Cooling of Newtonian Optics
Submitted: Monday, 27th April 2015 by Alexander Massey (mental4astro)
Cooling of Newtonian Optics - an Insight
Cooling of astronomical telescope optics is a field that is misunderstood in amateur astronomy circles. Many of the ideas being used at first sound feasible, but they ignore the very thermal properties of the materials that are involved. This can result in dissatisfaction with a new instrument we have bought, or incorrectly blaming a manufacturer for problems that are of our own making. Here I will mainly discuss the cooling of Newtonian optics in relation to the different ways they are presented (solid tube or open ‘truss’), and the different requirements of visual and photographic, but only token mention of other scope designs. This revised edition of this article also includes suggestions and corrections offered by fellow IIS members. Their suggestions made me aware of the visual bias I had unwittingly put into the first article. For this I am grateful!
Glass and how we use it
First thing to mention is glass. Whatever material the substrate is, plate, borosilicate, etc, all are poor conductors of heat. This means that they will take time to cool down. However, as oils ain’t oils, glass ain’t glass. Borosilicate glass types are the preferred material for astronomical instruments as they have a much smaller coefficient of expansion compared to plate glass. This means that they expand less for the same increase in temperature. The benefit for astronomical instruments, particularly for photography, the mirror is most dimensionally stable during the course of the night. Yet as all glass types are poor conductors of heat, how they respond to cooling, natural or forced, needs to be understood and work with it, not against it.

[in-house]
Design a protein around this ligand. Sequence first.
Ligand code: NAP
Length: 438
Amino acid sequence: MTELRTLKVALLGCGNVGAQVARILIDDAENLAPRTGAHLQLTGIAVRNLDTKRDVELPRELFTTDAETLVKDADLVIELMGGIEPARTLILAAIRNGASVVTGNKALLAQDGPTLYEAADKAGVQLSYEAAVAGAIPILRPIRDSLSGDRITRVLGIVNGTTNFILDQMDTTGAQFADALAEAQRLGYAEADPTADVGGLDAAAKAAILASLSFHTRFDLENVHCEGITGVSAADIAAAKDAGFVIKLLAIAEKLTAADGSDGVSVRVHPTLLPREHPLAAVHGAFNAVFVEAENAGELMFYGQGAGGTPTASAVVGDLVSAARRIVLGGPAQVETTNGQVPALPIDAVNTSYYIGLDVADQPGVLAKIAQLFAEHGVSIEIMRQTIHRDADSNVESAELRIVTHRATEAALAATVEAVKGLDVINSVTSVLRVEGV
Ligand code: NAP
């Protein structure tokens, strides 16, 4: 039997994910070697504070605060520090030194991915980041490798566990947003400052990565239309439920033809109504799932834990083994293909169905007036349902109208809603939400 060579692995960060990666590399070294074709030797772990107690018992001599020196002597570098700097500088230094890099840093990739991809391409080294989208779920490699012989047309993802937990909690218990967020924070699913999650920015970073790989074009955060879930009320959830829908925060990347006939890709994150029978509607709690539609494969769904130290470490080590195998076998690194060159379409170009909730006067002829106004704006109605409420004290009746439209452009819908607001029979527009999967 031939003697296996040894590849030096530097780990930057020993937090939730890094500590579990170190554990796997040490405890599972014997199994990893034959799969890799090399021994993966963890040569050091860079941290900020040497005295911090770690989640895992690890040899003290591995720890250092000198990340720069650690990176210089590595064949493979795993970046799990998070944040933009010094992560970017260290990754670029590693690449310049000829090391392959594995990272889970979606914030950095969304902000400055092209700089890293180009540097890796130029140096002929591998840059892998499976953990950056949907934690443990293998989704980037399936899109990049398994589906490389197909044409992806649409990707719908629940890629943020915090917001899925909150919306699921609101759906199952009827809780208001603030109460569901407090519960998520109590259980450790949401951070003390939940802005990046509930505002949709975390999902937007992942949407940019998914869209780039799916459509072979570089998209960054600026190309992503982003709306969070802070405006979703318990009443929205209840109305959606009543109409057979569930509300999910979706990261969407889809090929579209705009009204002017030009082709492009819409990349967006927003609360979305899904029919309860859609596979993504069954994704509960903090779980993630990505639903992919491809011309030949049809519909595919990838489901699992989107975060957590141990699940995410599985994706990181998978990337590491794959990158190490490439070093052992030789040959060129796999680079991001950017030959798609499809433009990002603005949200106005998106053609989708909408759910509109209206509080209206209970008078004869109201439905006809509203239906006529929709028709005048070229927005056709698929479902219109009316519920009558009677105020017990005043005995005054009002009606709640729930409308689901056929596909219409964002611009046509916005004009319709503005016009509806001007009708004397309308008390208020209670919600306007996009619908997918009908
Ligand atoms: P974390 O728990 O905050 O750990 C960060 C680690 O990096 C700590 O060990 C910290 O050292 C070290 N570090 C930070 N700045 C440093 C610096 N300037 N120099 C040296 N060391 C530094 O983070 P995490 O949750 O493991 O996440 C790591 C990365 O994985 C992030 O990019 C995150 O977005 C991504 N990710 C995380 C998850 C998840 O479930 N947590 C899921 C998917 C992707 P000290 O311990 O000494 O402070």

In the original version of this article, I mentioned that the mirror doesn’t need fan cooling. This is not incorrect, but it was misunderstood by some people, though poorly phrased by myself. If the instrument is used for photographic it is advantageous to quickly have the primary mirror reach equilibrium with the ambient temperature to maximize productivity. Fans ARE effective for this, but their application is what is most important here. Incorrect application can have deleterious results.
Solid tube instrument and all photo
We know the fundamental that hot air rises. In a long tube system, heat only has one way to go – straight past the secondary mirror and on occasions the focuser too. The metal tube will cool very fast due to its large surface area, but the primary will be dissipating heat for a longer period. When using high magnification, these captive convection currents can become visible, and very disruptive for photography.
Two things conspire against us here - the length of the tube and the bulk and consequential residual heat of the primary. The only way to change this is to have an efficient way to create a heat exchange. The easiest is to have the rear of the scope as freely open as possible to have cool air be drawn in to replace the warm. However, this is a slow process.
Now, the quintessential rear fan…